Published Date: 2004-11-06 23:50:00
Subject: PRO/AH/EDR> Avian cholera, waterfowl - USA (UT)
Archive Number: 20041106.3008
AVIAN CHOLERA, WATERFOWL - USA (UTAH)
A ProMED-mail post
ProMED-mail is a program of the
International Society for Infectious Diseases
Date: 6 Nov 2004
From: Pablo Nart <email@example.com>
Source: Daily Herald, 6 Nov 2004 [edited]
An outbreak of avian cholera, currently killing thousands of birds on Great
Salt Lake, is among the biggest in years, state wildlife officials said
Friday [5 Nov 2004]. The disease is lethal to waterfowl and other water
birds, but, does not affect humans.
About 30 000 eared grebes have died on the lake in the latest outbreak.
Each fall, about 1.5 million of the small diving birds settle on the lake
for refueling before continuing their travel south. The lake gives the
birds enough food for them to double their weight before they head on to
the southwest and into Mexico.
Previous avian cholera outbreaks occurred at the lake in 1994, 1995, 1998,
"We're keeping a close eye on the situation," said Frank Howe, nongame
avian coordinator for the DWR. "As long as dead grebes remain in the middle
of the lake, which is where they currently are, they pose only a minor
threat to other bird populations.
"If we get a strong north wind that drives the dead grebes near freshwater
sources along the south shore, however, the risk of ducks and even bald
eagles being exposed to cholera increases greatly. If that happens, we may
need to mobilize a major cleanup effort, like we did in 1998."
Avian cholera is one of the most common diseases among wild North American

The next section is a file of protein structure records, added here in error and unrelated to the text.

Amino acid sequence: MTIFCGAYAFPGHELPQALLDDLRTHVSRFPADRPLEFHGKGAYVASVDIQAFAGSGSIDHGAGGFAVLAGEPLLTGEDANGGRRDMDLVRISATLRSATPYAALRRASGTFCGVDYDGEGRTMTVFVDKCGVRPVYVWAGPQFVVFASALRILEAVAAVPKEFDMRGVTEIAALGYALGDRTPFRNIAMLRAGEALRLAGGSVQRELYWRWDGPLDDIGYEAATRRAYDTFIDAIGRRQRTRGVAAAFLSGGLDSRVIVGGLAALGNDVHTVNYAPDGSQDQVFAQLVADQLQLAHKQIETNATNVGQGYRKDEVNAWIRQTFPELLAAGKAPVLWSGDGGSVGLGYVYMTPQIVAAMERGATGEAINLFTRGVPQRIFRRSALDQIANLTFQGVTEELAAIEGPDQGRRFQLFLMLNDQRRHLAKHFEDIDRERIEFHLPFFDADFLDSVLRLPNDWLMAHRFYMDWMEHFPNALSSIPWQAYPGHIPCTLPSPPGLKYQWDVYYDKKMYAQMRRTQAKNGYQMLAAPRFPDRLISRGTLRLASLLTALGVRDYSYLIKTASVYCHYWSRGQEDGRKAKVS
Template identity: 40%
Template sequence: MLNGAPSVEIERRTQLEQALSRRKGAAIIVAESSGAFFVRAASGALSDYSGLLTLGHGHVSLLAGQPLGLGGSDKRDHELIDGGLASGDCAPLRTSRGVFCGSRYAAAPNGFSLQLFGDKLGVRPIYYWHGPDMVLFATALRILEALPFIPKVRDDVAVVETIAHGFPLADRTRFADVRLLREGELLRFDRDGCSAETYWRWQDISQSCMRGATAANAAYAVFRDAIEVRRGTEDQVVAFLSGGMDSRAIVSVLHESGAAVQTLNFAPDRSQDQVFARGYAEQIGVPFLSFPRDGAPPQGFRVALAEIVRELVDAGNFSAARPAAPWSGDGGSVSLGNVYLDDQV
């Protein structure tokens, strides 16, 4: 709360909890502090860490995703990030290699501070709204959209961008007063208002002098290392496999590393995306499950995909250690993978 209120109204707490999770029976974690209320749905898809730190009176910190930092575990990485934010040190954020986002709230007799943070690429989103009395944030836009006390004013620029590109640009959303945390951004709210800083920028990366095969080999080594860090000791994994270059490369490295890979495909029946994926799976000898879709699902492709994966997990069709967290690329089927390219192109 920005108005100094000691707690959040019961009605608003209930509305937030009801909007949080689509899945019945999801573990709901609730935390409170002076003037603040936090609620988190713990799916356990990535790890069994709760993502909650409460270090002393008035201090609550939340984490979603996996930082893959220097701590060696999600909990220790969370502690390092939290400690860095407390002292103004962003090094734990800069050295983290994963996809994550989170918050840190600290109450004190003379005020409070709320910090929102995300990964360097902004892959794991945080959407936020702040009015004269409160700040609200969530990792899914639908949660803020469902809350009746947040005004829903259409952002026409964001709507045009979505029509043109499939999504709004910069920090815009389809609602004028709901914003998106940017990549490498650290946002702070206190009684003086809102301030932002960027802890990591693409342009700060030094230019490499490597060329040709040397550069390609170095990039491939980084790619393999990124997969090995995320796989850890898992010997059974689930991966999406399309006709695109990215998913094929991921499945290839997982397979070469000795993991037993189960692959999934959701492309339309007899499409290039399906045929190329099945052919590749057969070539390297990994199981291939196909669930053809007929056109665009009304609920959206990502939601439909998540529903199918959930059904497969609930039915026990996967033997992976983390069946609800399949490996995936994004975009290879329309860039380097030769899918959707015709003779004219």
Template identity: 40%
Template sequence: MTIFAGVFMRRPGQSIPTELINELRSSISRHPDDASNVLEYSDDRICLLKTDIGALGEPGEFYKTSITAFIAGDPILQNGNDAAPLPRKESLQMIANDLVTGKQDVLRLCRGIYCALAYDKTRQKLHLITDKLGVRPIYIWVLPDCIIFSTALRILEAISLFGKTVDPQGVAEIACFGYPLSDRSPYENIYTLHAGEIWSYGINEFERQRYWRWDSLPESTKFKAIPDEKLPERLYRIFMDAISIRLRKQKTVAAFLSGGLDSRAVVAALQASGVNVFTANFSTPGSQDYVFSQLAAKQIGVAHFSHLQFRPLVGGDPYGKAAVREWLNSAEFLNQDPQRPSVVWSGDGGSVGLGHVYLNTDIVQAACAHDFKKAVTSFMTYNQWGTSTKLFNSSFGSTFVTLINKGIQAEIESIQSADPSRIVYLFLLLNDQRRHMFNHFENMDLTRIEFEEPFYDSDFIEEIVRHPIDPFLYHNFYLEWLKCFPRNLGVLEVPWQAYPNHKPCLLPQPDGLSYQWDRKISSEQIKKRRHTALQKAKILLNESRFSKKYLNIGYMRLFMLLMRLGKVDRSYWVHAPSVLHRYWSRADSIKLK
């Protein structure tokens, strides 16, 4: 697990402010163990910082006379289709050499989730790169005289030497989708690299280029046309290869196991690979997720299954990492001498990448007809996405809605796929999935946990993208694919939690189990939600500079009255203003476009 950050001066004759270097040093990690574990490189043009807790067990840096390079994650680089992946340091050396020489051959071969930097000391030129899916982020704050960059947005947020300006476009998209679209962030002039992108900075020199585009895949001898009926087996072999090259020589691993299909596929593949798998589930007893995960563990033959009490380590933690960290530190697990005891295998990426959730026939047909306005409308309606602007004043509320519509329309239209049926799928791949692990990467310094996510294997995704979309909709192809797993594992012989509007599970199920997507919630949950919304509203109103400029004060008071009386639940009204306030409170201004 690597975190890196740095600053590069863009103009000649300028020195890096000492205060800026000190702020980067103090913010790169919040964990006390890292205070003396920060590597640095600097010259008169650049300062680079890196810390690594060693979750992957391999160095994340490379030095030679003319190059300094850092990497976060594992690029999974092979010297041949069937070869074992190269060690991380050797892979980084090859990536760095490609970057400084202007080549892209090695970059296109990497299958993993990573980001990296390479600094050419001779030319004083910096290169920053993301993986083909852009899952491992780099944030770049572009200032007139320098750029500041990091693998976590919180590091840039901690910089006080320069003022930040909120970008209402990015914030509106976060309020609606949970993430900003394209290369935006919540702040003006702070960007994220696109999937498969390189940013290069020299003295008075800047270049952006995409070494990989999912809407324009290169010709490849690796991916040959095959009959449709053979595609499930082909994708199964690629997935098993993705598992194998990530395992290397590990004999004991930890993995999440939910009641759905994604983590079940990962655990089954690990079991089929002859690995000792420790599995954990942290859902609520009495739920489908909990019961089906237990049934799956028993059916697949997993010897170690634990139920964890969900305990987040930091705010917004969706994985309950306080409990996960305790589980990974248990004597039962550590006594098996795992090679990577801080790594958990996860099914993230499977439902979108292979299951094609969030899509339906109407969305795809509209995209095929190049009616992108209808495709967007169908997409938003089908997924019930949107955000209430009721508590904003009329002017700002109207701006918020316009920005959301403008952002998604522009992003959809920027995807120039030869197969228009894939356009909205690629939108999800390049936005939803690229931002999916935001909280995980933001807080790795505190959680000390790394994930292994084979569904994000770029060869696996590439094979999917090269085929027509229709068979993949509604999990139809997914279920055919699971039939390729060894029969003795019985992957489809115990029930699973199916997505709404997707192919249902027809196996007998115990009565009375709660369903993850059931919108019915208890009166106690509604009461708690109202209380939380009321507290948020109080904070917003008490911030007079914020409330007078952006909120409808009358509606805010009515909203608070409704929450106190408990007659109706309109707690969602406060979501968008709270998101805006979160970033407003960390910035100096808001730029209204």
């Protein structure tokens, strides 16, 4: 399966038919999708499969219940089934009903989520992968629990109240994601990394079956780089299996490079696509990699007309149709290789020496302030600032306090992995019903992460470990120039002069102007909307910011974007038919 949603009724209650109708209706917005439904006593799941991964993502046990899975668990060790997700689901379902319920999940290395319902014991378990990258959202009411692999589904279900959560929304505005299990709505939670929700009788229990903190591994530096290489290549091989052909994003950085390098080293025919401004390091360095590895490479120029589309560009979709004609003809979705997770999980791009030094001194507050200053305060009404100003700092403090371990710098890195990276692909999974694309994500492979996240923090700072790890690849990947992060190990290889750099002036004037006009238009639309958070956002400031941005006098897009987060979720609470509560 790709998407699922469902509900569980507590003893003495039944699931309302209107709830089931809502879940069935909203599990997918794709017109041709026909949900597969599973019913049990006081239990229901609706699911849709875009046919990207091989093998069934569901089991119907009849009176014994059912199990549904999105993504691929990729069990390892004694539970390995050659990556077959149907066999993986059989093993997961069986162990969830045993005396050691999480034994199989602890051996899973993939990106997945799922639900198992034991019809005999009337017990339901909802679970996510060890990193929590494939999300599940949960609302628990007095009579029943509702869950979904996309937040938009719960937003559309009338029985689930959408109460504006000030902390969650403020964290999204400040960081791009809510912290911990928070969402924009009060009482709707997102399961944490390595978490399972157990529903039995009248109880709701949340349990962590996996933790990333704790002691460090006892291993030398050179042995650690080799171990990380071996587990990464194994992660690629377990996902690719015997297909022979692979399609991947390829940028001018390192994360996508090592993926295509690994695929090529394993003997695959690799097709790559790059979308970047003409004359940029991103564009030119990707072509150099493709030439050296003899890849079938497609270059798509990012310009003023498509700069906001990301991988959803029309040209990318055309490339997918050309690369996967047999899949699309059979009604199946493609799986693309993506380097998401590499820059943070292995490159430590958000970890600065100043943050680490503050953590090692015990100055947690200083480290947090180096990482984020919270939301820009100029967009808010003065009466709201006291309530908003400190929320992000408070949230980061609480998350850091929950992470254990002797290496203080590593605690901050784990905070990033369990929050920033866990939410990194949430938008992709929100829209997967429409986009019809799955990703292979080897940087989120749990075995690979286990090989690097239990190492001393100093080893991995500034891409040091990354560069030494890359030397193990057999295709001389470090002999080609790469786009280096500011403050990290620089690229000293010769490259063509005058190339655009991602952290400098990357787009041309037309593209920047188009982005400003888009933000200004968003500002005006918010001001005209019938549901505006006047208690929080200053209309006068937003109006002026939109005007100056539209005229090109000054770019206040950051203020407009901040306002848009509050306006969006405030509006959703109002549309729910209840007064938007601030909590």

waterfowl. Once birds are infected, they die quickly, sometimes within 6 to
[Avian Cholera is caused by the bacterium _Pasteurella multocida_ Type 1.
The disease may be transmitted by aerosol or by contact between birds,
primarily through fecal contact or consumption of contaminated feed or water.
Generally, the 1st sign of the disease is large die offs of apparently
healthy birds. Ducks are sensitive to the disease and are affected
peracutely. The birds are generally in good flesh and may literally fall
from the sky if affected while in flight, or, die while eating with no
other clinical signs. Birds less acutely affected may appear ill with
listlessness, swimming in circles, and erratic flight. They also have a
mucous discharge from the mouth, and there may be blood; the vent is
generally matted, and the droppings are pasty with a tan to yellow color.
The disease is easily and rapidly spread. Carcass removal is essential to
controlling the disease. Although humans are generally not considered to be
at risk of contracting this disease, gloves are recommended when handling
the carcasses or sick birds. Thorough hand washings are also recommended,
even if gloves are worn. - Mod.TG]